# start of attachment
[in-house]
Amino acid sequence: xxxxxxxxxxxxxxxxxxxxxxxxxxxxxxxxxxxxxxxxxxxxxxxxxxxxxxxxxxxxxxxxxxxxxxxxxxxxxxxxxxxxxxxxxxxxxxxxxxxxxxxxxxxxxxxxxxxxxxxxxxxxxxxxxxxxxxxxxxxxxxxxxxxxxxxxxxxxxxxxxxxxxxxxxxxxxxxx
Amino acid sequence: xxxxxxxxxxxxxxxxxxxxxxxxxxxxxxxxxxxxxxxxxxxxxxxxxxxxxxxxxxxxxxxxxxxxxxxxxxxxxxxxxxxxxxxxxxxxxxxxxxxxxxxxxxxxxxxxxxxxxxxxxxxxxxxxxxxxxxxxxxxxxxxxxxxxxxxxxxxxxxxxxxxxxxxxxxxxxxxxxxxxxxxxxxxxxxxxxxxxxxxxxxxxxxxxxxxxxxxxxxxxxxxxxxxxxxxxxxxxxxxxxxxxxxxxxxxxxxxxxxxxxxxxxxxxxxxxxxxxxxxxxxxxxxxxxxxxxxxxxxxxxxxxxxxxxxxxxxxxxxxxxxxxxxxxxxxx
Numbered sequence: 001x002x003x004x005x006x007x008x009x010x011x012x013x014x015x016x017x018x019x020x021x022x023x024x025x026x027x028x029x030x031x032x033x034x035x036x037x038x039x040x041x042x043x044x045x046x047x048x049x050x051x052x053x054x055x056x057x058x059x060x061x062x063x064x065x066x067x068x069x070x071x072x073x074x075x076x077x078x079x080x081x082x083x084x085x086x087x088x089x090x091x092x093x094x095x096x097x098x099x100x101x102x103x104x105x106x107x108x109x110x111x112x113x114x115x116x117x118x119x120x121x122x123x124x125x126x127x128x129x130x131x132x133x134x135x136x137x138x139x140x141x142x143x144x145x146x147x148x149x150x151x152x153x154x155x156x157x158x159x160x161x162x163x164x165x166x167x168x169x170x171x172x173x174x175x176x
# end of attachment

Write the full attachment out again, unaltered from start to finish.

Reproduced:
[in-house]
Amino acid sequence: xxxxxxxxxxxxxxxxxxxxxxxxxxxxxxxxxxxxxxxxxxxxxxxxxxxxxxxxxxxxxxxxxxxxxxxxxxxxxxxxxxxxxxxxxxxxxxxxxxxxxxxxxxxxxxxxxxxxxxxxxxxxxxxxxxxxxxxxxxxxxxxxxxxxxxxxxxxxxxxxxxxxxxxxxxxxxxxx
Amino acid sequence: xxxxxxxxxxxxxxxxxxxxxxxxxxxxxxxxxxxxxxxxxxxxxxxxxxxxxxxxxxxxxxxxxxxxxxxxxxxxxxxxxxxxxxxxxxxxxxxxxxxxxxxxxxxxxxxxxxxxxxxxxxxxxxxxxxxxxxxxxxxxxxxxxxxxxxxxxxxxxxxxxxxxxxxxxxxxxxxxxxxxxxxxxxxxxxxxxxxxxxxxxxxxxxxxxxxxxxxxxxxxxxxxxxxxxxxxxxxxxxxxxxxxxxxxxxxxxxxxxxxxxxxxxxxxxxxxxxxxxxxxxxxxxxxxxxxxxxxxxxxxxxxxxxxxxxxxxxxxxxxxxxxxxxxxxxxx
Numbered sequence: 001x002x003x004x005x006x007x008x009x010x011x012x013x014x015x016x017x018x019x020x021x022x023x024x025x026x027x028x029x030x031x032x033x034x035x036x037x038x039x040x041x042x043x044x045x046x047x048x049x050x051x052x053x054x055x056x057x058x059x060x061x062x063x064x065x066x067x068x069x070x071x072x073x074x075x076x077x078x079x080x081x082x083x084x085x086x087x088x089x090x091x092x093x094x095x096x097x098x099x100x101x102x103x104x105x106x107x108x109x110x111x112x113x114x115x116x117x118x119x120x121x122x123x124x125x126x127x128x129x130x131x132x133x134x135x136x137x138x139x140x141x142x143x144x145x146x147x148x149x150x151x152x153x154x155x156x157x158x159x160x161x162x163x164x165x166x167x168x169x170x171x172x173x174x175x176x